Diocese insurer agrees to pay $15 million
A major insurance settlement will bring another $15 million to victims of child sexual abuse in the Diocese of Duluth.
The settlement with Continental Insurance Company will more than double the pool of funds made available for the 125 claimants in the diocese's bankruptcy, increasing the total to $24.2 million.
The agreement, filed Wednesday in U.S. Bankruptcy Court, makes Continental the fourth of five insurers to come to terms with the diocese, which filed suit in June 2016 to force coverage of claims.
Judge Robert Kressel is expected to approve the agreement at a June 28 hearing, along with the $250,000 settlement reached with Church Mutual Insurance Company last week.
"The diocese, the parishes, the (creditors') committee, and Continental all support the settlement agreement," diocese attorneys Ford Elsaesser and Phillip Kunkel wrote. "The settlement agreement will provide survivors with a necessary mechanism for prompt recovery on their claims, without the expense or delay of proceeding within the tort system."
The diocese has been under Chapter 11 bankruptcy protection since December 2015, when it filed a voluntary petition in wake of a $4.9 million jury verdict in the first case to go to trial under the Minnesota Child Victims Act. The insurance lawsuit came six months later, with the support of the victims' advocates and attorneys.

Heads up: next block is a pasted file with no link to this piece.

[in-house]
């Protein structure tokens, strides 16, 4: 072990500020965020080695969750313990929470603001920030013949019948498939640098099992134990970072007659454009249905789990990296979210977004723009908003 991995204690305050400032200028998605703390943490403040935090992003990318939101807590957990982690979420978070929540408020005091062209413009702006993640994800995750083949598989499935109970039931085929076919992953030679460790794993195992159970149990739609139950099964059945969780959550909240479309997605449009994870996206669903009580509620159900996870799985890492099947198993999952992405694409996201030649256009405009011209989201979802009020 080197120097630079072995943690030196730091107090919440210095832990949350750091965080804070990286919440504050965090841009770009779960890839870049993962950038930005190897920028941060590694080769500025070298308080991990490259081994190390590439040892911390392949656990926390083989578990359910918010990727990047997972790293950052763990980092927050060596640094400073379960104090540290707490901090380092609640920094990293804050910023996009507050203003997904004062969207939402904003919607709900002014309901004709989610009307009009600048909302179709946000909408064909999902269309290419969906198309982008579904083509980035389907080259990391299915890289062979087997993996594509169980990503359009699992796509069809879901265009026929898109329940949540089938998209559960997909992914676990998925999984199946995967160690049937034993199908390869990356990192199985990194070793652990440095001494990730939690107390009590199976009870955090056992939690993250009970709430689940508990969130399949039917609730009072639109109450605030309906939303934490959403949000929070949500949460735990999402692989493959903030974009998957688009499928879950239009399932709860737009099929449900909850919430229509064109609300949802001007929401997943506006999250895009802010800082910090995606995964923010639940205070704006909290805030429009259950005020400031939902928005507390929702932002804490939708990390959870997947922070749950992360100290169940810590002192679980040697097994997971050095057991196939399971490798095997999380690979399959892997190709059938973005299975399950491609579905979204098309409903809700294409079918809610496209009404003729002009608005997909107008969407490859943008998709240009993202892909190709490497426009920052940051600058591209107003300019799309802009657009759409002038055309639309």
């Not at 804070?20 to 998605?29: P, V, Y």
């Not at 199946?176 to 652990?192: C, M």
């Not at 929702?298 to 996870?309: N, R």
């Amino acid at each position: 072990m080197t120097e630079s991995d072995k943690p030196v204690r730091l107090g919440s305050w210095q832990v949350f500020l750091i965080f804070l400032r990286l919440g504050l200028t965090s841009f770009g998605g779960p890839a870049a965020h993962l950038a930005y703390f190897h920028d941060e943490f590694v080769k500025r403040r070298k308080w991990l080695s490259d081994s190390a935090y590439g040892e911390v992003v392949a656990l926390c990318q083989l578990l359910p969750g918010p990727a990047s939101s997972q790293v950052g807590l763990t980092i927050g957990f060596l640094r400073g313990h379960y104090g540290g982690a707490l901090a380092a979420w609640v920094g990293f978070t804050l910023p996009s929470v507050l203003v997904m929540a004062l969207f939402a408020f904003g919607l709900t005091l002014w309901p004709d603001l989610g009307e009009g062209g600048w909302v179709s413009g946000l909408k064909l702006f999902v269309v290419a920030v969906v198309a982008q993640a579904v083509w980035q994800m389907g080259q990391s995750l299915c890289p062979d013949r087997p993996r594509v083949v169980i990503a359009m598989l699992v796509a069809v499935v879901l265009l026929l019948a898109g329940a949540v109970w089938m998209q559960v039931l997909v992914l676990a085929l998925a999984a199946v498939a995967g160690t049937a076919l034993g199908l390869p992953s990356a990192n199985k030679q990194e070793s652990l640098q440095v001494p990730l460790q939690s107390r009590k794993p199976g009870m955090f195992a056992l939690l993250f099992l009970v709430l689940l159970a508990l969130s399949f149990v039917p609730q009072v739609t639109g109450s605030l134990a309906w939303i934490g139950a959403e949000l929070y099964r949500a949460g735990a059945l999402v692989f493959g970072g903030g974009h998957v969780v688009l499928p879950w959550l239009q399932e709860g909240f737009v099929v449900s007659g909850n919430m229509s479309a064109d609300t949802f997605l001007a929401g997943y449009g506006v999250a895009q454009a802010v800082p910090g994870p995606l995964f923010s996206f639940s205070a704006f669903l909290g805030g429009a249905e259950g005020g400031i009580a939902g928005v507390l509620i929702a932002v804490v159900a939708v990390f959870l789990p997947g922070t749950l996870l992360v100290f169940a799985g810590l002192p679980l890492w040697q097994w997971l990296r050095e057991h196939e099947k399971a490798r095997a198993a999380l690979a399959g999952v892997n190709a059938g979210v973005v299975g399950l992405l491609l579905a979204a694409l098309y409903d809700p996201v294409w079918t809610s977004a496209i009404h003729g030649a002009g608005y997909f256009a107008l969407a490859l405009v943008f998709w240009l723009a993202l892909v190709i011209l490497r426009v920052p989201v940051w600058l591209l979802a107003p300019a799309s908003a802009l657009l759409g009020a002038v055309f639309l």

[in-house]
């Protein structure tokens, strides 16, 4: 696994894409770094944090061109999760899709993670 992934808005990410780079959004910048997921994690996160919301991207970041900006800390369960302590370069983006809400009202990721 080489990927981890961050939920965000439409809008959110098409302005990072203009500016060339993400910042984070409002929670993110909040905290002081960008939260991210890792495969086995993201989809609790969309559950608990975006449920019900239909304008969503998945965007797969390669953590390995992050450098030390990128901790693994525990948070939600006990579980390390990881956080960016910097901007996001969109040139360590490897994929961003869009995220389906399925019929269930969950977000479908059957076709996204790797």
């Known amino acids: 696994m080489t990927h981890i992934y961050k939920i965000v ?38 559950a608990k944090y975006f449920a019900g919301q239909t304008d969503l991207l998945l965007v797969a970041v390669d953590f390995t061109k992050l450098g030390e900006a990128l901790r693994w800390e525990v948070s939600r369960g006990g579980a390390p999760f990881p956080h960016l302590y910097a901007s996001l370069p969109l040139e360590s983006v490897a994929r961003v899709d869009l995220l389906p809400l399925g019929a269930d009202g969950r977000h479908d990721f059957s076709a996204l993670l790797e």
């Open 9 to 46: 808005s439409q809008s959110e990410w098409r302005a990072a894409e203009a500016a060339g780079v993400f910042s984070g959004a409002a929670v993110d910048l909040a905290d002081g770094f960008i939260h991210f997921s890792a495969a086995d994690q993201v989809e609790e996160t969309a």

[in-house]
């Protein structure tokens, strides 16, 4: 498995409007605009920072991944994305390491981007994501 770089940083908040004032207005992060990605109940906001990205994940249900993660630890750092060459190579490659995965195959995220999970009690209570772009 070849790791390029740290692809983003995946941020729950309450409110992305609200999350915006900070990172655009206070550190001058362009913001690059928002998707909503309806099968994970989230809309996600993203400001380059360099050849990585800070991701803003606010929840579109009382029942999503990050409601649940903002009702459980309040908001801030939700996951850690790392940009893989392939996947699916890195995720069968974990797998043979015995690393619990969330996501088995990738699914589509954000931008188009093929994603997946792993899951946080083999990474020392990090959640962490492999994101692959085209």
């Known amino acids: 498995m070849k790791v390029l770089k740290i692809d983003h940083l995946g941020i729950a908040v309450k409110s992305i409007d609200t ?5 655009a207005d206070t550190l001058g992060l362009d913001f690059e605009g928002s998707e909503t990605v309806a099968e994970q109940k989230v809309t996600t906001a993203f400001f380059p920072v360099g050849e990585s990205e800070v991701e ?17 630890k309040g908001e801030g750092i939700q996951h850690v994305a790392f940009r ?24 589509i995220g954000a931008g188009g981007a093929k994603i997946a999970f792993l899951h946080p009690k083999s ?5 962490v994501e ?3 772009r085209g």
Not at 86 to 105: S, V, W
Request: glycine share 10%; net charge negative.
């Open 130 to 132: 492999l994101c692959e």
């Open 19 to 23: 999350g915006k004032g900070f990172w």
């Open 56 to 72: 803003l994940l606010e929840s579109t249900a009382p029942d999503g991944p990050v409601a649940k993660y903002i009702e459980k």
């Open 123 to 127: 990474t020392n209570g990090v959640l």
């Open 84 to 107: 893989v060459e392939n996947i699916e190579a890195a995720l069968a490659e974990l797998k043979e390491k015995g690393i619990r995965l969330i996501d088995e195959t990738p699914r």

Catholic Mutual Relief Society of America was the first to settle, agreeing to pay $8.95 million toward an anticipated future settlement with victims. Fireman's Fund Insurance Company also settled its part in the lawsuit, contributing $975,000 that allowed the diocese to continue its legal efforts against other insurers.
As it now stands, only Liberty Mutual Group remains in active litigation with the diocese.
Officials have said the participation of the insurers is an integral step in reaching a reorganization plan that would allow the diocese to adequately compensate victims and emerge from bankruptcy.
The Archdiocese of St. Paul and Minneapolis recently reached a $210 million agreement with more than 400 victims who filed claims in its bankruptcy case, which was initiated nearly a year before the Diocese of Duluth's case.
The archdiocese is paying $40 million of that sum, while its insurers are contributing $170 million.